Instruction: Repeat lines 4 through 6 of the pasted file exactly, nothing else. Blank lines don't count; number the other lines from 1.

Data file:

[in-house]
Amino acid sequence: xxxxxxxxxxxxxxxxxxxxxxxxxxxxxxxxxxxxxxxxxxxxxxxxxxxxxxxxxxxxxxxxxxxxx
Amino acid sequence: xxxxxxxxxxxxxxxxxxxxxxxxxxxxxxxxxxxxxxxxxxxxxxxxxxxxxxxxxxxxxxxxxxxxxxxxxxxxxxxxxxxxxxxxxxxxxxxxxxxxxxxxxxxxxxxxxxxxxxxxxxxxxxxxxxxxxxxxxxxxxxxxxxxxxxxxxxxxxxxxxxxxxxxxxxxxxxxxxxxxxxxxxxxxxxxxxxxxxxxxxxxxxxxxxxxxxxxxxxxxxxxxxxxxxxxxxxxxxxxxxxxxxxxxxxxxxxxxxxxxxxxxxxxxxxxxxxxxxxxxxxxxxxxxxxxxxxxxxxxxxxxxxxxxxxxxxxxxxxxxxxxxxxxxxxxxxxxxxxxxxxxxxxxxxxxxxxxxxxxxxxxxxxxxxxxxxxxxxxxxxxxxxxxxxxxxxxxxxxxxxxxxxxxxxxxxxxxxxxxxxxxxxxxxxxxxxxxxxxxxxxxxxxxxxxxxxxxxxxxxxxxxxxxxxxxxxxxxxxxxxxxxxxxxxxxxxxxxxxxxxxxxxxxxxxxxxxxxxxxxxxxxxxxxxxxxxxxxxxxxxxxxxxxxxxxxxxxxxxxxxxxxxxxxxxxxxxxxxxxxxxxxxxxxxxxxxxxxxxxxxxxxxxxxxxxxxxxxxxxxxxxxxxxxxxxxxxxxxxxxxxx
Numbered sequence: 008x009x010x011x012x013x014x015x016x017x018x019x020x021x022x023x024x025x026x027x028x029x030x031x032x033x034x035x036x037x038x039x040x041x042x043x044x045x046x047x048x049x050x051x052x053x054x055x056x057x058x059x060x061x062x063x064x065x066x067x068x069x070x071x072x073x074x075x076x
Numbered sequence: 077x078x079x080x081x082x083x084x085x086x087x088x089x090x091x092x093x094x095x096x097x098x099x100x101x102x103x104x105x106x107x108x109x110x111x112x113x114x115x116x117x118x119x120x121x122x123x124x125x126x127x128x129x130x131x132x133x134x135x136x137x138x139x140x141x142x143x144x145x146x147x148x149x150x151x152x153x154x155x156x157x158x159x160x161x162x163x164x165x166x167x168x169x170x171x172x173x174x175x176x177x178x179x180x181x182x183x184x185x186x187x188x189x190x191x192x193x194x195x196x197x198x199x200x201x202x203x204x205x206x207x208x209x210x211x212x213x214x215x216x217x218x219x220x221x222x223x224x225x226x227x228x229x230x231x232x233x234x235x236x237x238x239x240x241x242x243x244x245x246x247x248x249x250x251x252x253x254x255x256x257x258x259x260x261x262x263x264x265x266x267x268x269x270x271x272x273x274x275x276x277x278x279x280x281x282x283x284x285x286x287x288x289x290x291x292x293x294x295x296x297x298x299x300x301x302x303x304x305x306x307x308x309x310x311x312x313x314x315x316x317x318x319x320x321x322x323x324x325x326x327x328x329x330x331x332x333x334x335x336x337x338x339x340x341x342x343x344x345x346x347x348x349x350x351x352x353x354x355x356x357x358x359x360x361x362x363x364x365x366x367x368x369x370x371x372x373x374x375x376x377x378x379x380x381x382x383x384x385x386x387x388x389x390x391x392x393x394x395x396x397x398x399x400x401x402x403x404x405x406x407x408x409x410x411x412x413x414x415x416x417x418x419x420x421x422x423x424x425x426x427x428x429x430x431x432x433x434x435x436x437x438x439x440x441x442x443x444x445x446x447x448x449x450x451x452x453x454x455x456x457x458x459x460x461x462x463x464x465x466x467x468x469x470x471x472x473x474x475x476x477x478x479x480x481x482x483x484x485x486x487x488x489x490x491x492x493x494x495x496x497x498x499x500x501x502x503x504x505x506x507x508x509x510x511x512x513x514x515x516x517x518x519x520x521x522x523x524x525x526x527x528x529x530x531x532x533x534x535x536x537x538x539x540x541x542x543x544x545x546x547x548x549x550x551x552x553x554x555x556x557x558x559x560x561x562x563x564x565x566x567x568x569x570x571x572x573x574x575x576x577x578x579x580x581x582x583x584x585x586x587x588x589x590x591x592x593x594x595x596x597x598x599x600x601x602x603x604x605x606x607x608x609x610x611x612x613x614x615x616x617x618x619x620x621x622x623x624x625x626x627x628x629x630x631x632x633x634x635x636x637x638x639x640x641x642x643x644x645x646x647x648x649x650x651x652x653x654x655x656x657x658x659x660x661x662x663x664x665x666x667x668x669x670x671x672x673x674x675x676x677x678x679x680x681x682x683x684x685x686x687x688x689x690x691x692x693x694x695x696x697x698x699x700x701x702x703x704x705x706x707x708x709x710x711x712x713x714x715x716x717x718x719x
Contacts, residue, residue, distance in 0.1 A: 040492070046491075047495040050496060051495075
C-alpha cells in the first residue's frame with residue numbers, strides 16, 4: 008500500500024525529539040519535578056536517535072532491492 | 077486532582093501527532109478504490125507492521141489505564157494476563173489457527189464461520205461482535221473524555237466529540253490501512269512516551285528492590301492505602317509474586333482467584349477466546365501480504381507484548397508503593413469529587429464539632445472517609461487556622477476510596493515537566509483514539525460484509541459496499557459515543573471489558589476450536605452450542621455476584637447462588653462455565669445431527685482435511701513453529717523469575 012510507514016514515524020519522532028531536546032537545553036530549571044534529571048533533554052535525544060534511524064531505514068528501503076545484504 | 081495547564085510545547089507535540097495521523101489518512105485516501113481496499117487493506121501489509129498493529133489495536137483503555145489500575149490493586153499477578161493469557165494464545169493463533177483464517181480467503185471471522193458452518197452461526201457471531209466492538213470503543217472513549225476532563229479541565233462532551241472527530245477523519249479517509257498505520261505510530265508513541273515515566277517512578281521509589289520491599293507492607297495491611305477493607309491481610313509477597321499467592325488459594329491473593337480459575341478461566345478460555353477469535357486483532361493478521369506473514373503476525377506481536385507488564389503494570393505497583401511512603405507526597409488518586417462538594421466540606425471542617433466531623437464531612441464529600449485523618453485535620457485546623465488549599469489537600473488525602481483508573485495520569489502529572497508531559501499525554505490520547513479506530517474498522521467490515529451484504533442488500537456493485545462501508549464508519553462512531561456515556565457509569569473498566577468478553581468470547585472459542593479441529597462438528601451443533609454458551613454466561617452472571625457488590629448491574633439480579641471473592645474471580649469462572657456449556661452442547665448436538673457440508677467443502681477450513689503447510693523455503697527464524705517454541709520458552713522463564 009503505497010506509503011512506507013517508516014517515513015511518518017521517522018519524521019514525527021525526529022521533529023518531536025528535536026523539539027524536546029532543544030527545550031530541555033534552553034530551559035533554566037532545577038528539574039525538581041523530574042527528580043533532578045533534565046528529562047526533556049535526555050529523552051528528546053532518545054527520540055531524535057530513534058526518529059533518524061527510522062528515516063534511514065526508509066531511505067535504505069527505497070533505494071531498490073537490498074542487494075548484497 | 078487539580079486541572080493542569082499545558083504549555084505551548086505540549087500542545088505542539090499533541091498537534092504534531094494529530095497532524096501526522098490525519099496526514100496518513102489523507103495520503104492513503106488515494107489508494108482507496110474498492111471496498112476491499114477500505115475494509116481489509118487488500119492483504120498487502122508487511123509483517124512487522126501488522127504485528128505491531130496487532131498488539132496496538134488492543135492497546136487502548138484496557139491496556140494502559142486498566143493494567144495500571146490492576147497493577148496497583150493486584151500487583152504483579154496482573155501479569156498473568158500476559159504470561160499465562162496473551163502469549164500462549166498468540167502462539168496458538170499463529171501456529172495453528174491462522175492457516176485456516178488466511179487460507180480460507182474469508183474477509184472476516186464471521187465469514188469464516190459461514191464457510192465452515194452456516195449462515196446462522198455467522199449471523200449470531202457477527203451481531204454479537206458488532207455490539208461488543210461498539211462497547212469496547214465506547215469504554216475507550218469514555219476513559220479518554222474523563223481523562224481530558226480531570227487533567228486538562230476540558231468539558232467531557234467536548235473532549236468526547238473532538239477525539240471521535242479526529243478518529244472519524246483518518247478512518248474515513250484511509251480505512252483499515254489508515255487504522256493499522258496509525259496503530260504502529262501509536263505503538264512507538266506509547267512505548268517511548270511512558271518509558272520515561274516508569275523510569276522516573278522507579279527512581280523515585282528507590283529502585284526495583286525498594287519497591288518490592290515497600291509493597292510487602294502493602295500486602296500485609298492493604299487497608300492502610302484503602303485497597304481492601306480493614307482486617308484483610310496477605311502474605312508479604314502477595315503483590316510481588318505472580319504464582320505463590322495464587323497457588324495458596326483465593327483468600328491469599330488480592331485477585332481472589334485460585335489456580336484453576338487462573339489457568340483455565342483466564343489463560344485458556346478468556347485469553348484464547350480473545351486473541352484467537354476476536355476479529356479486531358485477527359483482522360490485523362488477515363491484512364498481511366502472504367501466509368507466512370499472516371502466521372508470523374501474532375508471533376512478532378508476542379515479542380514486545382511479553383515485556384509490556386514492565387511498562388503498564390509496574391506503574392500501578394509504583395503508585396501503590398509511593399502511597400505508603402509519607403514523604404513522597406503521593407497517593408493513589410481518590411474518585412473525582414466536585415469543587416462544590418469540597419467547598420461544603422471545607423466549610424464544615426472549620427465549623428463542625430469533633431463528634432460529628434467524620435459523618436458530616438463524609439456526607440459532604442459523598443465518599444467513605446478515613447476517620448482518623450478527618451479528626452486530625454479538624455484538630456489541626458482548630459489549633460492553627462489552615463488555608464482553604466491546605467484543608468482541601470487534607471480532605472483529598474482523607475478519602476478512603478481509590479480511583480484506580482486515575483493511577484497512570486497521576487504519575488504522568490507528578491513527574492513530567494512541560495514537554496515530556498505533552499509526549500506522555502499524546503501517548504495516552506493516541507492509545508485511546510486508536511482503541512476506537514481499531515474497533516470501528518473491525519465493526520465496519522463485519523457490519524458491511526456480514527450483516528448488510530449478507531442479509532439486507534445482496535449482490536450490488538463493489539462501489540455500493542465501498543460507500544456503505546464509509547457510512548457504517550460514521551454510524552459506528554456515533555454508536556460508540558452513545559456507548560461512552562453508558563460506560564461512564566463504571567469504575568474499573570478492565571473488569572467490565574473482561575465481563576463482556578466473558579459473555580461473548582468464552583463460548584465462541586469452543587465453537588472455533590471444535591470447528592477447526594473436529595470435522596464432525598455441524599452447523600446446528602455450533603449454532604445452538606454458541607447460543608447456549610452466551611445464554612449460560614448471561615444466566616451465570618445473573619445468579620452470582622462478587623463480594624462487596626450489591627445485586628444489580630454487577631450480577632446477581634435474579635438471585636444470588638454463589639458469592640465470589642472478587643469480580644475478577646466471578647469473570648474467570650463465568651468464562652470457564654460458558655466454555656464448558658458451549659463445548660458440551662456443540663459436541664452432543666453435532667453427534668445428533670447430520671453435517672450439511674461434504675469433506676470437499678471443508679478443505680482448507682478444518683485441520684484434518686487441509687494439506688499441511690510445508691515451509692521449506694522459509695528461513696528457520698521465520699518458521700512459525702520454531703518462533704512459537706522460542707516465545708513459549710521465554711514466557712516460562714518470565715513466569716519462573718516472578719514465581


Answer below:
Numbered sequence: 008x009x010x011x012x013x014x015x016x017x018x019x020x021x022x023x024x025x026x027x028x029x030x031x032x033x034x035x036x037x038x039x040x041x042x043x044x045x046x047x048x049x050x051x052x053x054x055x056x057x058x059x060x061x062x063x064x065x066x067x068x069x070x071x072x073x074x075x076x
Numbered sequence: 077x078x079x080x081x082x083x084x085x086x087x088x089x090x091x092x093x094x095x096x097x098x099x100x101x102x103x104x105x106x107x108x109x110x111x112x113x114x115x116x117x118x119x120x121x122x123x124x125x126x127x128x129x130x131x132x133x134x135x136x137x138x139x140x141x142x143x144x145x146x147x148x149x150x151x152x153x154x155x156x157x158x159x160x161x162x163x164x165x166x167x168x169x170x171x172x173x174x175x176x177x178x179x180x181x182x183x184x185x186x187x188x189x190x191x192x193x194x195x196x197x198x199x200x201x202x203x204x205x206x207x208x209x210x211x212x213x214x215x216x217x218x219x220x221x222x223x224x225x226x227x228x229x230x231x232x233x234x235x236x237x238x239x240x241x242x243x244x245x246x247x248x249x250x251x252x253x254x255x256x257x258x259x260x261x262x263x264x265x266x267x268x269x270x271x272x273x274x275x276x277x278x279x280x281x282x283x284x285x286x287x288x289x290x291x292x293x294x295x296x297x298x299x300x301x302x303x304x305x306x307x308x309x310x311x312x313x314x315x316x317x318x319x320x321x322x323x324x325x326x327x328x329x330x331x332x333x334x335x336x337x338x339x340x341x342x343x344x345x346x347x348x349x350x351x352x353x354x355x356x357x358x359x360x361x362x363x364x365x366x367x368x369x370x371x372x373x374x375x376x377x378x379x380x381x382x383x384x385x386x387x388x389x390x391x392x393x394x395x396x397x398x399x400x401x402x403x404x405x406x407x408x409x410x411x412x413x414x415x416x417x418x419x420x421x422x423x424x425x426x427x428x429x430x431x432x433x434x435x436x437x438x439x440x441x442x443x444x445x446x447x448x449x450x451x452x453x454x455x456x457x458x459x460x461x462x463x464x465x466x467x468x469x470x471x472x473x474x475x476x477x478x479x480x481x482x483x484x485x486x487x488x489x490x491x492x493x494x495x496x497x498x499x500x501x502x503x504x505x506x507x508x509x510x511x512x513x514x515x516x517x518x519x520x521x522x523x524x525x526x527x528x529x530x531x532x533x534x535x536x537x538x539x540x541x542x543x544x545x546x547x548x549x550x551x552x553x554x555x556x557x558x559x560x561x562x563x564x565x566x567x568x569x570x571x572x573x574x575x576x577x578x579x580x581x582x583x584x585x586x587x588x589x590x591x592x593x594x595x596x597x598x599x600x601x602x603x604x605x606x607x608x609x610x611x612x613x614x615x616x617x618x619x620x621x622x623x624x625x626x627x628x629x630x631x632x633x634x635x636x637x638x639x640x641x642x643x644x645x646x647x648x649x650x651x652x653x654x655x656x657x658x659x660x661x662x663x664x665x666x667x668x669x670x671x672x673x674x675x676x677x678x679x680x681x682x683x684x685x686x687x688x689x690x691x692x693x694x695x696x697x698x699x700x701x702x703x704x705x706x707x708x709x710x711x712x713x714x715x716x717x718x719x
Contacts, residue, residue, distance in 0.1 A: 040492070046491075047495040050496060051495075